War of the Rebellion: Serial 044 Page 0661 Chapter XXXIX. THE GETTYSBURG CAMPAIGN.

Search Civil War Official Records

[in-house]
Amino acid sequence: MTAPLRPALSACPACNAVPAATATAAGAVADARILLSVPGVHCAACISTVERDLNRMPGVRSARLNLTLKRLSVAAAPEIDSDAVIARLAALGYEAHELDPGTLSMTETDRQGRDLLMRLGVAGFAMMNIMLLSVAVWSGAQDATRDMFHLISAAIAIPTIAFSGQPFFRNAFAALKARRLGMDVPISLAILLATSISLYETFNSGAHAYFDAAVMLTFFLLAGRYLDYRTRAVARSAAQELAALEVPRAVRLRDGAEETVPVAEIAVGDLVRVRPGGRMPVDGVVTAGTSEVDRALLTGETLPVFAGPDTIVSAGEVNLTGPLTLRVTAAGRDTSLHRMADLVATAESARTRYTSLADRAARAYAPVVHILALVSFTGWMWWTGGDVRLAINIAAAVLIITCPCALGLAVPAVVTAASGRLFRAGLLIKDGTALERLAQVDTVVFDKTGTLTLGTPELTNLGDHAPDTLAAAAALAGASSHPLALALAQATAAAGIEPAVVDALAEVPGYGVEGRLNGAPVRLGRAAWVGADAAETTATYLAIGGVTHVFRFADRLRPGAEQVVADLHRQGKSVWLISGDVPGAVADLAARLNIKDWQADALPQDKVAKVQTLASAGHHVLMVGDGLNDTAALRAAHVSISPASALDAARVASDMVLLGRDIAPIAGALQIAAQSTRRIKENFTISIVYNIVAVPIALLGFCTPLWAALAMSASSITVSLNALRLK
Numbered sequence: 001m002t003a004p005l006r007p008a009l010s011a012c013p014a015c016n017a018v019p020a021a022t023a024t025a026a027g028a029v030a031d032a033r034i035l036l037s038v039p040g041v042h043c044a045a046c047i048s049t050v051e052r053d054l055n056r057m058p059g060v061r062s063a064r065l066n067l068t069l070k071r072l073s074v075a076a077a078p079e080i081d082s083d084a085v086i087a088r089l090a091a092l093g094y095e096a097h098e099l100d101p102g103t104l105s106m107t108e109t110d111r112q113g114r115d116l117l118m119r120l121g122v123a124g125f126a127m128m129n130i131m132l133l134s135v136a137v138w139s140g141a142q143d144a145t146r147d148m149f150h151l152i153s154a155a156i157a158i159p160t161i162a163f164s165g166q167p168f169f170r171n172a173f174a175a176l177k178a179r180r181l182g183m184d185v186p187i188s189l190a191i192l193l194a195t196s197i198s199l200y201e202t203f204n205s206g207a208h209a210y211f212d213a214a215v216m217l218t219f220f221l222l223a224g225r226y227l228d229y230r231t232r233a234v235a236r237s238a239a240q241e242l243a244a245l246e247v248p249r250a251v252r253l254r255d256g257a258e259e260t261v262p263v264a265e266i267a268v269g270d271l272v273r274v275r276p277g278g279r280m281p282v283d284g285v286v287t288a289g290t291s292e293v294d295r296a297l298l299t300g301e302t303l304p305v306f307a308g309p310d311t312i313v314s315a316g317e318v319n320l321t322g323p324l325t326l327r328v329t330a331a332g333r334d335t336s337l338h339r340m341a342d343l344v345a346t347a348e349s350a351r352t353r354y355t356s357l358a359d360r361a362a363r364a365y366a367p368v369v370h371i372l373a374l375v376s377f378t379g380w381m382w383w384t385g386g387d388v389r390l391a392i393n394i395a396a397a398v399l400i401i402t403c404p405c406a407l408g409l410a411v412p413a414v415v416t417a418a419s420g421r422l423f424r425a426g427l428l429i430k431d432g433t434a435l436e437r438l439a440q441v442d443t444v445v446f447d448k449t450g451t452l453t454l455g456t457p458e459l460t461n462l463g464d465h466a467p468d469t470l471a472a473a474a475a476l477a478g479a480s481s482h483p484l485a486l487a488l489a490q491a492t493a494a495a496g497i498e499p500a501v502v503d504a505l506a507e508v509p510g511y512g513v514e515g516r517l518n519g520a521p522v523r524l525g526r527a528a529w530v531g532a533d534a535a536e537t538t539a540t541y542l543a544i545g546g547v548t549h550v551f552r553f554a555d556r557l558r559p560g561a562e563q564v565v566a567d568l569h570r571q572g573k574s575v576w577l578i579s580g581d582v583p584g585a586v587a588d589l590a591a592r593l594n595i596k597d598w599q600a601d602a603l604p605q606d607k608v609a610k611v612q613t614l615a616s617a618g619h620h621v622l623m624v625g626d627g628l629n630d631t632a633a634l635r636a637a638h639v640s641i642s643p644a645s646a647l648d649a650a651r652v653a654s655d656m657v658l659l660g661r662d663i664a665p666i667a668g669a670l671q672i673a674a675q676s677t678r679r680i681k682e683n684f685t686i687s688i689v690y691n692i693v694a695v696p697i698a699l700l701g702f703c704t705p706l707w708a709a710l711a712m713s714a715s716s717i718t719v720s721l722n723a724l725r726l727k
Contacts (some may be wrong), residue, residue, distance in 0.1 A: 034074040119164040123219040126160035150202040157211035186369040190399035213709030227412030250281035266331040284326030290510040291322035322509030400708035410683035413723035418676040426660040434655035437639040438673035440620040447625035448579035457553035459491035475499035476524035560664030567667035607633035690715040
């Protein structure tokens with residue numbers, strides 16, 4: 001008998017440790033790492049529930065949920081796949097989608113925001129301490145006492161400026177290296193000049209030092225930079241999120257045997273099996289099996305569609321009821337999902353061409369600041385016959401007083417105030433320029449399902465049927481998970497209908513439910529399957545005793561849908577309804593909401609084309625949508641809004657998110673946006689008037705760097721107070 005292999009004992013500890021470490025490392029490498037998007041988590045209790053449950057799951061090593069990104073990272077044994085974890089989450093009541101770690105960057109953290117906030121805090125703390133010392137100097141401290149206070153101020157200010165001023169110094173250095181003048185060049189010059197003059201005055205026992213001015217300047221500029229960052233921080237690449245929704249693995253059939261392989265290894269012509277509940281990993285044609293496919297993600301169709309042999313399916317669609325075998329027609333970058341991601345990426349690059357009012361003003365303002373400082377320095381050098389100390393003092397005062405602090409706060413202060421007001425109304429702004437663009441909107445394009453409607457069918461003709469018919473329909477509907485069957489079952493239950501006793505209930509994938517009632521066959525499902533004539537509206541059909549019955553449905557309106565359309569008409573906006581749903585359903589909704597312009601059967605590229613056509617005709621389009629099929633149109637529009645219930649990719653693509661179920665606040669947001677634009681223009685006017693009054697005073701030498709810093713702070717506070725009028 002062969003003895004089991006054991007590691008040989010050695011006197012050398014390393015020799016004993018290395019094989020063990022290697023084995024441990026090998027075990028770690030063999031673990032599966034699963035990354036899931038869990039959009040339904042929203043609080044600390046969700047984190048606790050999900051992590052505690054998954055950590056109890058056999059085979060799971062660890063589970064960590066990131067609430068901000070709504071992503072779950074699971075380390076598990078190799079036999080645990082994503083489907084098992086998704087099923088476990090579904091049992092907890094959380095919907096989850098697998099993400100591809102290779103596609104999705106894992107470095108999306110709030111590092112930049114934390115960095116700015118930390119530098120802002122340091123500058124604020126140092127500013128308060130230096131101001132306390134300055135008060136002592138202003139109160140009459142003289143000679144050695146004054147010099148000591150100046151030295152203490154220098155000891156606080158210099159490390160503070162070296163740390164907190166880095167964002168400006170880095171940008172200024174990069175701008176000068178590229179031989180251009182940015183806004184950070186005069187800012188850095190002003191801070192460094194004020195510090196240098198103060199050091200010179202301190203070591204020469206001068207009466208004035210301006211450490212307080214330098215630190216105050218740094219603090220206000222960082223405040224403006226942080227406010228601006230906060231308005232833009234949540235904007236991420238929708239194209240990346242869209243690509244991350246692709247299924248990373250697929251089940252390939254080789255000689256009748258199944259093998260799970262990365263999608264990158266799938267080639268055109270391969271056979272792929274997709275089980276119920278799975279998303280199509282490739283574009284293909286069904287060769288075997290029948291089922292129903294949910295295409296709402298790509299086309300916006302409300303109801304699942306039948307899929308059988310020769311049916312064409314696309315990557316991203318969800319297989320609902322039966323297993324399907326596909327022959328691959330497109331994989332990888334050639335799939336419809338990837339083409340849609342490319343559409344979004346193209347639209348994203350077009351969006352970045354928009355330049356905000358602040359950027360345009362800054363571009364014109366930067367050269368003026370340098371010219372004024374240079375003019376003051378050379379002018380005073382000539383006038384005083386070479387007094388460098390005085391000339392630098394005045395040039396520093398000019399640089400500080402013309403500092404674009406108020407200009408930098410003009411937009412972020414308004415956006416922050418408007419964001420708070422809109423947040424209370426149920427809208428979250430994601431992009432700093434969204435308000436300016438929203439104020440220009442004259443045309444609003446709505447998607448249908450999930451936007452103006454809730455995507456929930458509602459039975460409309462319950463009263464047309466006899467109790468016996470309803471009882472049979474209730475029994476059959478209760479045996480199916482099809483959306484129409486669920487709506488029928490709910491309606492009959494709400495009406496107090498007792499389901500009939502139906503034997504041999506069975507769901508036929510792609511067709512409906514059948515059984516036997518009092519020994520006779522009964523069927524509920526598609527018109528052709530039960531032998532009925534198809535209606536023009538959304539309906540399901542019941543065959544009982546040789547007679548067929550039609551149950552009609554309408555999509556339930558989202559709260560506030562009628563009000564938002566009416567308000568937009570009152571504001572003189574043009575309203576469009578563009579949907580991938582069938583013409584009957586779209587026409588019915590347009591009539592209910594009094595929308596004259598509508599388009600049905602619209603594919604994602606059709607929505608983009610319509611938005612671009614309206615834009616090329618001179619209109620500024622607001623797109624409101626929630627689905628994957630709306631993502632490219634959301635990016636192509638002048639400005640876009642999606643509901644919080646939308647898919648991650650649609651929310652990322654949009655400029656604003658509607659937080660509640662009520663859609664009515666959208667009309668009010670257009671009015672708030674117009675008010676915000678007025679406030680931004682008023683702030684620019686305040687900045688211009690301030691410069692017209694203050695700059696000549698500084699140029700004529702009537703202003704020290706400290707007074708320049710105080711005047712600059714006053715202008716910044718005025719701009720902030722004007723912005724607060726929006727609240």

part of Major-General Pender's light division, formed a part of the Army of Northern Virginia in the late campaign across the Potomac, and was from June 5 until the present time under my immediate command. About 8 o'clock on the morning of July 1, I received orders to get under arms, and the brigade, excepting Captain Hadden, who was left with the Rifles to guard the wagon train, commenced the march, on the turnpike leading to Gettysburg, at the head of the division, and just in the rear of the division of Major-General Heth. The march was continued to within 3 miles of Gettysburg, when I was ordered to file down a road, form line of battle, leaving sufficient room between my left and the Gettysburg road for General Scales' brigade, and to throw out skirmishers to cover my right flank. Skirmishing between the advanced infantry of General Heth's division and that of the enemy, as well as heavy artillery firing, had already commenced in our front. I was soon notified that General Heth would advance, and that I would make a corresponding movement forward, preserving my alignment with General Scales, on my left. We moved through the open field about a mile, where we halted in rear and in supporting distance of General Heth's division, which had now become closely engaged with the enemy in our front. Here Brigadier-General Lane's brigade took position on my right, to protect our flank from the enemy's cavalry and some infantry reported by Captain [William T.] Haskell in that direction. We remained in this position until about 3 o'clock, and were again ordered forward, and again advanced probably a half mile, when we came close upon General Heth's division pressing the enemy, within a short distance in front of us. I remained in this position probably until after 4 o'clock, when I was ordered by General Pender to advance, and to pass General Heth's division should I come up with it at a halt, and to engage the enemy as circumstances might warrant. I soon came up with and passed Brigadier-General Pettigrew's brigade, the men of which seemed much exhausted by several hours' hard fighting. Here I availed myself of a ravine, which sheltered us from the enemy's artillery, to reform my line, and instructed regimental commanders when the advance was resumed not to allow a gun to be fired at the enemy until they received orders to do so. We now moved forward, preserving an alignment with General Scales, and, as soon as the brigade commenced ascending the hill in front, we were met by a furious storm of musketry and shells from the enemy's batteries to the left of the road near Gettysburg; but the instructions I had given were scrupulously observed-not a gun was fired. The brigade received the enemy's fire without faltering; rushed up the hill at a charge, driving the enemy without difficulty to their last position at Gettysburg. We continued the charge without opposition, excepting from artillery, which maintained a constant and most galling fire upon us, until we got within 200 yards from a grove near the college, the brigade received the most destructive fire of musketry I have ever been exposed to. We continued to press forward, however, without firing, until we reached the edge of the grove. Here the